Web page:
Healing can begin as early as a few days to weeks after you stop drinking, but if the damage is severe, healing can take several months. In some cases, “if the damage to the liver has been long-term, it may not be reversible,” warns Dr. Stein.
About one-third of people with elevated liver enzymes will have normal liver enzyme levels after two to four weeks. If your liver enzymes stay high, your provider may order more blood tests, or imaging tests such as ultrasound, CT scan or MRI. They may also refer you to a liver specialist (hepatologist).
The liver can develop new cells, but prolonged alcohol misuse (drinking too much) over many years can reduce its ability to regenerate.
So what happens when you stop drinking? The good news is that the liver is the only organ that can restore and regenerate itself. Because the liver is in a constant state of regeneration, in many cases the healing process can begin within just weeks after foregoing alcohol.
Gamma-glutamyl transpeptidase test: This test measures the level of gamma-glutamyl transpeptidase (an enzyme that is produced in the liver, pancreas, and biliary tract). This test is often performed to assess liver function, to provide information about liver diseases, and to detect alcohol ingestion.
Sometimes liver damage can be caused by a virus or autoimmune condition. There are effective treatments for these conditions. It's never too late. See your doctor and follow a healthy lifestyle to reduce inflammation, reverse scarring and improve how your liver works.
By abstaining from alcohol, drinking lots of water, and eating a liver-friendly diet, you can reverse some of the effects of alcohol abuse. Yes, the good news is, the liver can repair itself after years of drinking.
The liver is a unique organ that can regenerate itself if damaged. Abstaining from alcohol gives the liver the best chance of healing and returning to normal function. You'll notice positive health changes like increased energy and mental alertness when your liver begins to heal from alcohol damage.
Reversing liver damage Liver Basics
Barring complications, the liver can repair itself completely and, within a month, the patient will show no signs of damage. However, sometimes the liver gets overwhelmed and can't repair itself completely, especially if it's still under attack from a virus, drug, or alcohol.
Therefore, patients with NAFLD should avoid alcohol entirely if possible. If you do not think you can completely stop drinking alcohol, it is important to minimize alcohol intake (less than 2 drinks per day for men and 1 drink per day for women).
By 4-8 weeks after quitting, your gut will start to level out. Your sleep-quality will improve. Though we may fall asleep faster when we drink, our brains actually increase alpha wave patterns, which cause our brains to be more active than they should be while we sleep.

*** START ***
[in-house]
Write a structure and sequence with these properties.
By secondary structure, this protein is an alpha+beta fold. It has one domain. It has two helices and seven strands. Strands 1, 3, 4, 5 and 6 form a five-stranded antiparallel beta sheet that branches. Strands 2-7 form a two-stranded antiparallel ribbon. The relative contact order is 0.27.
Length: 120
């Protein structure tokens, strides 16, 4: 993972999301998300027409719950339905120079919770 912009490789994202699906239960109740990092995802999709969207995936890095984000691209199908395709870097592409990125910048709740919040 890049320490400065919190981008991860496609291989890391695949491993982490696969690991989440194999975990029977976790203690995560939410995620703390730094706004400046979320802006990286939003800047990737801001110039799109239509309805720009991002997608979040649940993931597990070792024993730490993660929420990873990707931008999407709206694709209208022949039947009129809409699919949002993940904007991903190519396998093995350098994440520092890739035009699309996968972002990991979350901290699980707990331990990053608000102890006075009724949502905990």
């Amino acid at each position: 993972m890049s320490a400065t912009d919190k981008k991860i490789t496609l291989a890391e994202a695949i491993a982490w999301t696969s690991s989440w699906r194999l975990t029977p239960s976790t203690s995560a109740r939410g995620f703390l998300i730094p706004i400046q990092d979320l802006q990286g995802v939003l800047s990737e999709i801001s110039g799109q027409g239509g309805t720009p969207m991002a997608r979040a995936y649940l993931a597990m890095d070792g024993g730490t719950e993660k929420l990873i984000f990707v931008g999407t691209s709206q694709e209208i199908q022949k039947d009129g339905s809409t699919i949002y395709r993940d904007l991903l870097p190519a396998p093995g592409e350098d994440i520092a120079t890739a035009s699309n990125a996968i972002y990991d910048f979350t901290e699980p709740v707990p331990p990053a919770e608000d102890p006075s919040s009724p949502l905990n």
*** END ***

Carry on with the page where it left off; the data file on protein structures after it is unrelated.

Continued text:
Damage already done to your liver is permanent. But your liver is a large organ. If part of your liver is still working, you might be able to slow the progression of disease, depending on its cause. For instance, if your cirrhosis is caused by alcohol use, talk to your provider about how to stop drinking.
After two weeks off alcohol, you will continue to reap the benefits of better sleep and hydration. As alcohol is an irritant to the stomach lining, after a fortnight you will also see a reduction in symptoms such as reflux where the stomach acid burns your throat.
To check your blood for alcohol, your doctor uses a needle to take blood from your arm and measure the amount of alcohol. The other tests you might get for alcohol, like a breath or urine test, don't use blood samples. Each of these tests has the same goal: to check how much alcohol is in your body.
To determine if you have alcoholic liver disease your doctor will probably test your blood, take a biopsy of the liver, and do a liver function test. You should also have other tests to rule out other diseases that could be causing your symptoms. Your symptoms may vary depending upon the severity of your disease.
While the liver's job is to break down alcohol effectively, regular usage can overburden the process and damage the liver. When this situation occurs, a condition called fatty liver is seen.
It is estimated that alcohol-related fatty liver disease develops in 90% of people who drink more than 40g of alcohol (or four units) per day. That's roughly the equivalent of two medium (175ml) glasses of 12% ABV wine, or less than two pints of regular strength (4% ABV) beer.
Loss of Appetite
Loss of appetite is a common cause of liver disease. It is especially likely if the person also has nausea and vomiting as symptoms. Not surprisingly, weight loss is a common result. The good news is that this is considered an early sign of liver disease.
Signs and symptoms
However, as your liver loses its ability to function properly, you're likely to experience a loss of appetite, nausea and itchy skin. In the later stages, symptoms can include jaundice, vomiting blood, dark, tarry-looking stools, and a build-up of fluid in the legs (oedema) and abdomen (ascites).
After a week without alcohol, you may find that you have a lot more energy. After the sluggishness and discomfort at the beginning of the week, suddenly, you wake up full of beans. You may notice your face is less puffy too, and your eyes might seem brighter.